The region where Pakistan is situated is gripped by strategic and tactical differences that incessantly refuse to be settled amicably. The differences are mostly man-made and followed by institutionalised thinking that appears immune to generational changes. The peace breakthrough in Afghanistan may perhaps become a ray of change though the hard-line taken by participating protagonists was not very encouraging. The tumultuous history of the region is a strong witness to the presence of more than one decisive factors calling shots according to their perceptions and advantages.

There are historical anomalies inherent in the perceptions of actors operating in the area that predominantly distort clear thinking. Unfortunately, all stake-holders consider their perspective as completely justified and are not prepared to brook any opposition. There are clear symptoms of the intense lack of accommodating the point of view of the opposite side and the added difficulty is that the only method to settle differences is through use of force.

The region has faced continuous war-like atmosphere since decades often dissolving in violence causing widespread destruction. It is a historical fact that the region attracted the attention of two global super-powers pushing them to involve in adventures proving very costly in terms of human lives and also in financial terms. The most unnerving aspect of this history is the continuous presence of uncertainty impeding the process of development all round.

The multiplicity of decisive authority has plunged the region in continuous turmoil. One example of this multi-pronged authority levels is that the Taliban do not want to negotiate with Kabul regime as they demand negotiating with occupying forces of America that in turn desire the writ of the Kabul authorities to prevail. This round-about pattern is prevalent in most stake-holders of the region creating an untenable situation. The irony is that all decisive factions of authority recognise this discrepancy but are insistent for maintaining the status quo.

It is now a well-documented fact that social structures perform best in unison and go haywire when exposed to fractional handling. It is not only a sociological fact but also pertains to governance patterns equally. It is no doubt also true that well-entrenched groups resist all attempts to surrender their respective authority and need tremendous social push to abdicate their role. The problem, however, is the knowledge provided to widespread social tentacles to try to unite for bring about unity.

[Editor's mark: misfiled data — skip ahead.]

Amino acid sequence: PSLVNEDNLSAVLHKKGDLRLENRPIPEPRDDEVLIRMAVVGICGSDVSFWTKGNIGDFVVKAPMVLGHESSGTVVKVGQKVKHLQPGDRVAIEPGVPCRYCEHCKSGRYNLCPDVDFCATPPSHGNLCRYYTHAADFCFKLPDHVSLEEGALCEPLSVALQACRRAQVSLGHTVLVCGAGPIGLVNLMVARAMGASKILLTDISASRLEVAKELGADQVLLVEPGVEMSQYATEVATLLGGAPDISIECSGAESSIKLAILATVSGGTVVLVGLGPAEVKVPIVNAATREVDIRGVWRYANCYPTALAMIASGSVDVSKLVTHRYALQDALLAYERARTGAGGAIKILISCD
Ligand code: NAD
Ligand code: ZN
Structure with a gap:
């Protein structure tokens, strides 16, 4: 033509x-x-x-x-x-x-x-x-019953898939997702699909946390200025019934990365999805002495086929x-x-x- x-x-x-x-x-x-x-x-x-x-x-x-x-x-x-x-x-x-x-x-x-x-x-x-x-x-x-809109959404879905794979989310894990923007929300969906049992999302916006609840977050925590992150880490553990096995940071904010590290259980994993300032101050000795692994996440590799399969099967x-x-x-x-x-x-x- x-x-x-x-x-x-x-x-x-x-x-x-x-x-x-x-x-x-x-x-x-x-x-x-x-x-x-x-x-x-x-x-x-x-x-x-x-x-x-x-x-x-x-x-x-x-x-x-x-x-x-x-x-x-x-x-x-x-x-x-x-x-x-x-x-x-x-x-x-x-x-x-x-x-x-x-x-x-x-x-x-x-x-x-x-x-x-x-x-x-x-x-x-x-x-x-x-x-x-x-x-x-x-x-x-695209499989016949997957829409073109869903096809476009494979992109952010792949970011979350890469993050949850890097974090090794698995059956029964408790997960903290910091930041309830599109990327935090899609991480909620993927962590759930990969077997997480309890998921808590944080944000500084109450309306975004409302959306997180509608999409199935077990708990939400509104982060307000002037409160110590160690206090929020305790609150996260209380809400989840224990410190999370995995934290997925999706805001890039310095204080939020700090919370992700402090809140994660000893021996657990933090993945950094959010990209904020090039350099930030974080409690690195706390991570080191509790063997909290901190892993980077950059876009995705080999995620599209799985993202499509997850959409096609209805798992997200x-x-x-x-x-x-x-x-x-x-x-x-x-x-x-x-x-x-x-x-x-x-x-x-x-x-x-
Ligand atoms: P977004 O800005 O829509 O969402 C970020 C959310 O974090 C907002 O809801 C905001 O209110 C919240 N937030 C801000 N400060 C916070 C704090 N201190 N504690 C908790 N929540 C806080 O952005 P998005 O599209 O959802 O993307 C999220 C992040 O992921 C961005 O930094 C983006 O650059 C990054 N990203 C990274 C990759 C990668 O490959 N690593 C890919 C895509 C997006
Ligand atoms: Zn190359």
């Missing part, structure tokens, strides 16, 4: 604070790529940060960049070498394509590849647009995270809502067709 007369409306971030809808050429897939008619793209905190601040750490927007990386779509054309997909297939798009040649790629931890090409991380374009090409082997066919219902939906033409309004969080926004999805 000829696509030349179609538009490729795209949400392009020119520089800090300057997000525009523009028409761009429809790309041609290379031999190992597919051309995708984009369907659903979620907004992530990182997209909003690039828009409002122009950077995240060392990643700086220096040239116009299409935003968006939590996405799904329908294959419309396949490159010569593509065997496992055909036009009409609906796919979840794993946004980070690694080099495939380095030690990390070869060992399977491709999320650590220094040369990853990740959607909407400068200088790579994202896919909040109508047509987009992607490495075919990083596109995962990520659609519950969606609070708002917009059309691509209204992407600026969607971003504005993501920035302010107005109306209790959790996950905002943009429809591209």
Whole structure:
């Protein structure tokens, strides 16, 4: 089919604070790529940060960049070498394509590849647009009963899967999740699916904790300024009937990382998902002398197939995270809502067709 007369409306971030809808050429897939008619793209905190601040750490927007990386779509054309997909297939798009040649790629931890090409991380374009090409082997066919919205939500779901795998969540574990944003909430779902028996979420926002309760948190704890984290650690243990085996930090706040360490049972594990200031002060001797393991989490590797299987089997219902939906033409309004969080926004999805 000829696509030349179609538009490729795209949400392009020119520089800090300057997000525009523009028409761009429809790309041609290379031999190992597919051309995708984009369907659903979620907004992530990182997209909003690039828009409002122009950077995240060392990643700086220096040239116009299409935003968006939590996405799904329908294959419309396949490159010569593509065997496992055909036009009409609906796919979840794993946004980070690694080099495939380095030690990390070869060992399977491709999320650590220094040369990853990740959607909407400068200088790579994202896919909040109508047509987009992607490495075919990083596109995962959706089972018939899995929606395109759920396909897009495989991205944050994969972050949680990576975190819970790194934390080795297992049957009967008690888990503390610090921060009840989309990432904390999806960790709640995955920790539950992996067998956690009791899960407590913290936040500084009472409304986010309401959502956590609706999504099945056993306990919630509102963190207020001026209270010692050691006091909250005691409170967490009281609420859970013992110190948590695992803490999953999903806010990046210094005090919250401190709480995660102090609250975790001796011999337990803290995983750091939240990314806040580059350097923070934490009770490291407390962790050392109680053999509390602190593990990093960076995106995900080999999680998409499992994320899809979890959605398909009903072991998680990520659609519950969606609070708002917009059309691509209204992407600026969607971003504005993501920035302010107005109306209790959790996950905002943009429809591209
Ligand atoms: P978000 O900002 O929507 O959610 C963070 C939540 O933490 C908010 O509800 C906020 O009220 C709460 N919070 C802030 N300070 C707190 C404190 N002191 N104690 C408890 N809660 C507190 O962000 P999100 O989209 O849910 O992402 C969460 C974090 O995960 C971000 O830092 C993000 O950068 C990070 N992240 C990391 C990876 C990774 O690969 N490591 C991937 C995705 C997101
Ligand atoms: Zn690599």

The Pakistani polity is slowly getting aware of the perils of staunch partisan behaviour of dominant groups. On the other hand such groups are also engaged in keeping their grip intact indicating that they will not quit with ease. The best method to apply levers of control on such groups is through organised political efforts aimed at creating consciousness within vast swathes of people about the desirability of a unified national stance. It is easier said than done because the partisan groups have kept in store many issues that appeal to populism and emotional sensitivities of the populace.

The main problem impeding unified socio-political action in a polity is the gullibility of public perceptions. The very nature of public opinion is governed by consistent shifts governing it that are highly amenable to populist sloganeering attracting instant public attention. The problem is exacerbated when such shifts are deliberately designed and publicised according to need. The technique employed by well-heeled groups is perfectly devised and rarely fails to hit the desired objective.

Another problem is that the dominant content of control exercised by power-groups is to highlight subjective substance mostly harmful to general human conduct that is never perfect and this crucial aspect is willingly avoided because it serves their purpose satisfactorily. The other side of the divide is always portrayed as pristine in nature and the difference is repeated ad nauseum. The ploy has worked very well since decades and the absence of counter-narrative has strengthened it beyond measure.

Pakistan is fortunate that it is responding to calls of social awakening though efforts to contain it are equally strong. The vital aspect is the awakening is a continuous affair and it is very rare that it goes dead. History is witness to the process of change being incessant and beneficial to the people and they never fail to recognise its importance. The need to emphasise upon the change in perception is a long-drawn and contentious process and it is required to be persistent and widespread. It is very rare that the process of awakening fails to alter the status quo and the best method is to concede to its relevance and facilitate it for wider general good.


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